photo home_zpspjo8kmb0.png photo about us_zpsarf3yetn.png photo ya bookmark_zpsfspw6vbs.png photo reviews_zpshqab7na7.png photo book recs_zpsdmrlfetg.png



.

September 10, 2012

Review: The Summer I Learned to Dive by Shannon McCrimmon - Juhina


Title: The Summer I Learned to Dive
Author: Shannon McCrimmon
Publication date: May 7th, 2012
Genre(s): Young Adult (Contemporary)
Challenges: Contemporary
Source: Author
Format: egalley
Pages: 163
Since the time she was a little girl, eighteen-year-old Finley “Finn” Hemmings has always lived her life according to a plan, focused and driven with no time for the average young adult’s carefree experiences. On the night of her high school graduation, things take a dramatic turn when she discovers that her mother has been keeping a secret from her—a secret that causes Finn to do something she had never done before—veer off her plan. In the middle of the night, Finn packs her bags and travels by bus to Graceville, SC seeking the truth. In Graceville, Finn has experiences that change her life forever; a summer of love, forgiveness and revelations. She learns to take chances, to take the plunge and to dive right in to what life has to offer.
The Summer I learned to Dive was an enjoyable contemporary; a cliched smart girl who never had a social life who just studied at home to get into college discovers a secret her mother kept from her all these years. She found out on the night of her high school graduation. This is where Finn takes off on a journey and finally learns to have confidence in herself and gain independence from her mother.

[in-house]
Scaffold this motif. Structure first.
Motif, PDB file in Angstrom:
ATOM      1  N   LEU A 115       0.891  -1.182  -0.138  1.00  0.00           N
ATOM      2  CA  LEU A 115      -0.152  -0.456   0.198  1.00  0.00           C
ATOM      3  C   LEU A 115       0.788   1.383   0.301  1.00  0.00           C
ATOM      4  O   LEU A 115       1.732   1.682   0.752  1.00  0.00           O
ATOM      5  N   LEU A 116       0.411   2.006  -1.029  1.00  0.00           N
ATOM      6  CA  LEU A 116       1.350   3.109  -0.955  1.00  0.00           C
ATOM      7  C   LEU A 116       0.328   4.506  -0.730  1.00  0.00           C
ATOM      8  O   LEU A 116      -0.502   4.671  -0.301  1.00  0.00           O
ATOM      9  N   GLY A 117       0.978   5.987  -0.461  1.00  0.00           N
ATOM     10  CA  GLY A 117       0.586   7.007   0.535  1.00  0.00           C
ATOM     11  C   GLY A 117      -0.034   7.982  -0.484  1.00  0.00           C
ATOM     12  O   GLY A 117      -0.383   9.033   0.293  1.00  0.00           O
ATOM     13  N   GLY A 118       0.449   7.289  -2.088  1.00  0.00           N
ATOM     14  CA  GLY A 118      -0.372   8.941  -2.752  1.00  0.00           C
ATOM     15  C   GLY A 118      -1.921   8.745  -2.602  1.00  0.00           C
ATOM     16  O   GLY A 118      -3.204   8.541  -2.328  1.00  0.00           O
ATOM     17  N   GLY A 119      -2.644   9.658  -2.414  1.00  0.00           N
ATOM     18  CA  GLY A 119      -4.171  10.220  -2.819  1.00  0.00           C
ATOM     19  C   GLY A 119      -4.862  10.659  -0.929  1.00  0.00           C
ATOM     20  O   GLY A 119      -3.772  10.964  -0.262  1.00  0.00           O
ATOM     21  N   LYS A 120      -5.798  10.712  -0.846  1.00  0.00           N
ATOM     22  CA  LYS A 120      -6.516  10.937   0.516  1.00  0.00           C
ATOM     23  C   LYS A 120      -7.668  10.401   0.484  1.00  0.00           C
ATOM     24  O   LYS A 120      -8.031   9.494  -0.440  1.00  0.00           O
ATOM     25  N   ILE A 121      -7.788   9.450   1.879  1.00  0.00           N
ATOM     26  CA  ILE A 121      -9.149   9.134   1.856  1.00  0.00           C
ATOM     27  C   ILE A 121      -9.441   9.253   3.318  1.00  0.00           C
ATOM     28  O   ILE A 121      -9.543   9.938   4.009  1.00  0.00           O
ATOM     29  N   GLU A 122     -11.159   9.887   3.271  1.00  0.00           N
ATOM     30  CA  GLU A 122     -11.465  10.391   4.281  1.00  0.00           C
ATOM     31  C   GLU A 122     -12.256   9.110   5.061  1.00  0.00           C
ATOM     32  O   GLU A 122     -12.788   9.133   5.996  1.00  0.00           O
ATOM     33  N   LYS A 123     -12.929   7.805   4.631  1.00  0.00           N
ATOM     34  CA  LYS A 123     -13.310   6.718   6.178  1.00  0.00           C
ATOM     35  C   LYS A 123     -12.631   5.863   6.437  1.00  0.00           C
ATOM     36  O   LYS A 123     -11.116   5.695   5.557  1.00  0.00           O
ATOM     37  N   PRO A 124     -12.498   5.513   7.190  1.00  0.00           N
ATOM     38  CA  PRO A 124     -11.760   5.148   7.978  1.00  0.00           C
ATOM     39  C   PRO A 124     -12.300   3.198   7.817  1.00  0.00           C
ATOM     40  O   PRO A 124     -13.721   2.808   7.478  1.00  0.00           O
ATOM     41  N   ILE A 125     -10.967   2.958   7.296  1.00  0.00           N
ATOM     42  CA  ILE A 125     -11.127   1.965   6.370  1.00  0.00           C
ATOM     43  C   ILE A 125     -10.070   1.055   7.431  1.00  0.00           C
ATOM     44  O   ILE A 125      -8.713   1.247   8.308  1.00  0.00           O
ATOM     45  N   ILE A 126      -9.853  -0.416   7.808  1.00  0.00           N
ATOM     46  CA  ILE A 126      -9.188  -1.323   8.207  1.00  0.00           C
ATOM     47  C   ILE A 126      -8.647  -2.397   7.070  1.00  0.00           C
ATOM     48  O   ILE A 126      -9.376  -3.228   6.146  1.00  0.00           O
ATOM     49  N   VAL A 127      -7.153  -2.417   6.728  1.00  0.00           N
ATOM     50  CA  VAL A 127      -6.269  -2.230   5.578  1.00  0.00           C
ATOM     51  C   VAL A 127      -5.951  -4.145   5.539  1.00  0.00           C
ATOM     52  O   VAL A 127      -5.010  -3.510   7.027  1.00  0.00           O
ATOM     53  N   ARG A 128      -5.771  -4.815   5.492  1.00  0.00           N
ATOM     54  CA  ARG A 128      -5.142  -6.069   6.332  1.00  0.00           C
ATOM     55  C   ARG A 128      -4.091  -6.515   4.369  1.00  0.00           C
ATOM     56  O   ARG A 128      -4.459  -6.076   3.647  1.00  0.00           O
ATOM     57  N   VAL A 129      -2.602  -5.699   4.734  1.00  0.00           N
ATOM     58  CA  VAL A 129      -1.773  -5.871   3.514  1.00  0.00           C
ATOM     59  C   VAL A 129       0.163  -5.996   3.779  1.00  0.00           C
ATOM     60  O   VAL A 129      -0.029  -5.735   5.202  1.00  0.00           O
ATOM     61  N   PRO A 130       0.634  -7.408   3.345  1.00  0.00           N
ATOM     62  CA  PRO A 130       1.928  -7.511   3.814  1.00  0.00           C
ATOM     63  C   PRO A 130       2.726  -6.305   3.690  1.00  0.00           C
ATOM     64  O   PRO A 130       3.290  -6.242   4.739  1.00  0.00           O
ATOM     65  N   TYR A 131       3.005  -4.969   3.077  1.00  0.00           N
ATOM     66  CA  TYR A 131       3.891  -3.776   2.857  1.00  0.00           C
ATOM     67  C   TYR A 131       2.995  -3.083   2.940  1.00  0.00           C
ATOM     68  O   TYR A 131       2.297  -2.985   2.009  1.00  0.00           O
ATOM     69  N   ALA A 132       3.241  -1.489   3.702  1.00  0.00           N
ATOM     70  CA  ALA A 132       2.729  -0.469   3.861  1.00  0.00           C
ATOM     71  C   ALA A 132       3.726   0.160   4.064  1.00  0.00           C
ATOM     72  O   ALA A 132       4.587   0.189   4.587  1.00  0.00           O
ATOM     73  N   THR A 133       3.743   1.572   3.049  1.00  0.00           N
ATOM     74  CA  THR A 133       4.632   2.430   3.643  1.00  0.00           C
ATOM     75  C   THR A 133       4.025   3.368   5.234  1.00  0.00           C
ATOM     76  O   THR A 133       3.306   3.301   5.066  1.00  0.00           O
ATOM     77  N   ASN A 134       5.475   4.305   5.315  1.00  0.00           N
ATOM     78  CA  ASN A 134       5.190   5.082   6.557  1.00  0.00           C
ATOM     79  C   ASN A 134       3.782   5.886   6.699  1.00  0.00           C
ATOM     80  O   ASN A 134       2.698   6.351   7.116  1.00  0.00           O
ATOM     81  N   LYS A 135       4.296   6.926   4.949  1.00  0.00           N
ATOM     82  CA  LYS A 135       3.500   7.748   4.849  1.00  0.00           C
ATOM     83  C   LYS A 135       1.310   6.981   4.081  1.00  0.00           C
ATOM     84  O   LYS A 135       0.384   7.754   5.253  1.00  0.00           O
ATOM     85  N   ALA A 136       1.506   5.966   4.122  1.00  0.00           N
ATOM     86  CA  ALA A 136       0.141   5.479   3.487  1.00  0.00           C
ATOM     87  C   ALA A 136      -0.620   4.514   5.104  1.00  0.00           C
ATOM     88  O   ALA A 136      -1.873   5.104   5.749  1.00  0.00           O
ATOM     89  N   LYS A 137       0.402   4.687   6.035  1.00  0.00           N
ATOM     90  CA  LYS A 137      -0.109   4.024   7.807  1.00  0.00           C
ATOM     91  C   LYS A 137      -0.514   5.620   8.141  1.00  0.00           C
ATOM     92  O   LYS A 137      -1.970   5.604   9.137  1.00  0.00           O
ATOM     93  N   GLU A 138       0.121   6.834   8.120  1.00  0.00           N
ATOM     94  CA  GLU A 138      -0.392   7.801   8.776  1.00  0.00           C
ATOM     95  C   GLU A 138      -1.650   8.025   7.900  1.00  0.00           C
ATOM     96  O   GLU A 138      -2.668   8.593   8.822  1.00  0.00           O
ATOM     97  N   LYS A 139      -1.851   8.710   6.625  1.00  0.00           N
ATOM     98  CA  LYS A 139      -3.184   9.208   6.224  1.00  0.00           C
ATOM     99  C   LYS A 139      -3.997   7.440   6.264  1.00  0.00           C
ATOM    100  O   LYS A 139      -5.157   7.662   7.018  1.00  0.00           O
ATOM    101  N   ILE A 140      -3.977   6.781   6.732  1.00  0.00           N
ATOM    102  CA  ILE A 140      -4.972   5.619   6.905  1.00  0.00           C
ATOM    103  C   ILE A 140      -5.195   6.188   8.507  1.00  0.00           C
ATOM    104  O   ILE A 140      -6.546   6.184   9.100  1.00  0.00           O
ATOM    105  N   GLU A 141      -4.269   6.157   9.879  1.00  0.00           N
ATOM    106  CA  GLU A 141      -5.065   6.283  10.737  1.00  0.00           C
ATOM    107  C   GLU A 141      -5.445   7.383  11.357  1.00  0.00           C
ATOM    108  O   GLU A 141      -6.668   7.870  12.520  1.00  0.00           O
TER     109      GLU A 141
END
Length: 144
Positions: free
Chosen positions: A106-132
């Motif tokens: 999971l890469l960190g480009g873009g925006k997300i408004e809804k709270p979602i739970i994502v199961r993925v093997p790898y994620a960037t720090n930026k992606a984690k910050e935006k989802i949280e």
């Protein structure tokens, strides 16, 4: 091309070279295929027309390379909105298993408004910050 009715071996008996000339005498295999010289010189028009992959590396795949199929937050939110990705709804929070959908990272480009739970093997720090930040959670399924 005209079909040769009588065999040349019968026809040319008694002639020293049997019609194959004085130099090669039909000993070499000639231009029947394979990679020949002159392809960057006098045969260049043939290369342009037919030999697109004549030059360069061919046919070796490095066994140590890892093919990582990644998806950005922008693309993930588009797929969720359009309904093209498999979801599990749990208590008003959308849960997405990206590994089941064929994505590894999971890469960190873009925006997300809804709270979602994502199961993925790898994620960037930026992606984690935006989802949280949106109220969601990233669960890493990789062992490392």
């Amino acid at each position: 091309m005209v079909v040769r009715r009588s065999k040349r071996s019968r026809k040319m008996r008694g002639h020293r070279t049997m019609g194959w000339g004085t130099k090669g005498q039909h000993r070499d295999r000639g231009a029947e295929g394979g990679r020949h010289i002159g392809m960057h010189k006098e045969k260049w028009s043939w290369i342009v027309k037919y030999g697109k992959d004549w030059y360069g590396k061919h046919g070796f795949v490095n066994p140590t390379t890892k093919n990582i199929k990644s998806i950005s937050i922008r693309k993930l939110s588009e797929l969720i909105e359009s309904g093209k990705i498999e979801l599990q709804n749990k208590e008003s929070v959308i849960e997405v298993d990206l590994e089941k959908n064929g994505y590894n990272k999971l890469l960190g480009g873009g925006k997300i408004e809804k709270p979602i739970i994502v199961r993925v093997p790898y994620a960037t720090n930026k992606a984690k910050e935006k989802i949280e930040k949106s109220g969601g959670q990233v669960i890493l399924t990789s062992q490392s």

I personally thought this novel was a fun read, but it was very predictable. The writing was great, the narration also, but I just felt that the storyline was cliched and the romance was just too obvious and fast. The I Love Yous came way too suddenly and their behavior towards each other made it seem like they've been together for ages, not a couple of weeks. Also, the problem in this novel was a bit too simplistic, and that could be mainly because the novel is less than 200 hundred pages. I just hoped I was more emotionally invested because what Finn went through was no easy thing, however the way the shocking revelations were presented sort of deflated the climax of the book. 
However I did enjoy the secondary characters, especially the two sisters who work in the same diner as Finn. They definitely felt more alive to me, while Jesse, her love interest, fell flat. Even with saying all of this, I did enjoy the novel, it was a breezy summer novel, even if it was packed with cliches. I'm sure other readers will enjoy this. Maybe ones that are younger than me. This novel has a sequel, which is why it was left open ended, so if you're planning on reading it, be on the lookout for the second novel in this series.

5 comments:

  1. sounds fun but maybe not for me . gr8 review

    ReplyDelete
  2. Not my book, I don't think... thanks for the helpful review! :)

    Also, I see you are currently reading Stormdancer and Farah is reading Unspoken. I had to DNF the first one but I loved Unspoken! I can't wait to see what you both think. :)

    ReplyDelete
  3. It's too bad this was so cliche and predictable, but I'm glad you were still able to enjoy it!

    ReplyDelete
  4. Whoa! Great review, i've noted some stuff to take into consideration for my book.

    ReplyDelete
  5. Not a fan of cliches and predictable but I do love a fun fluffy read sometimes. Might be a quick read for one day. I am curious about the revelation and Finn's summer of discovery. I like books like that.

    ReplyDelete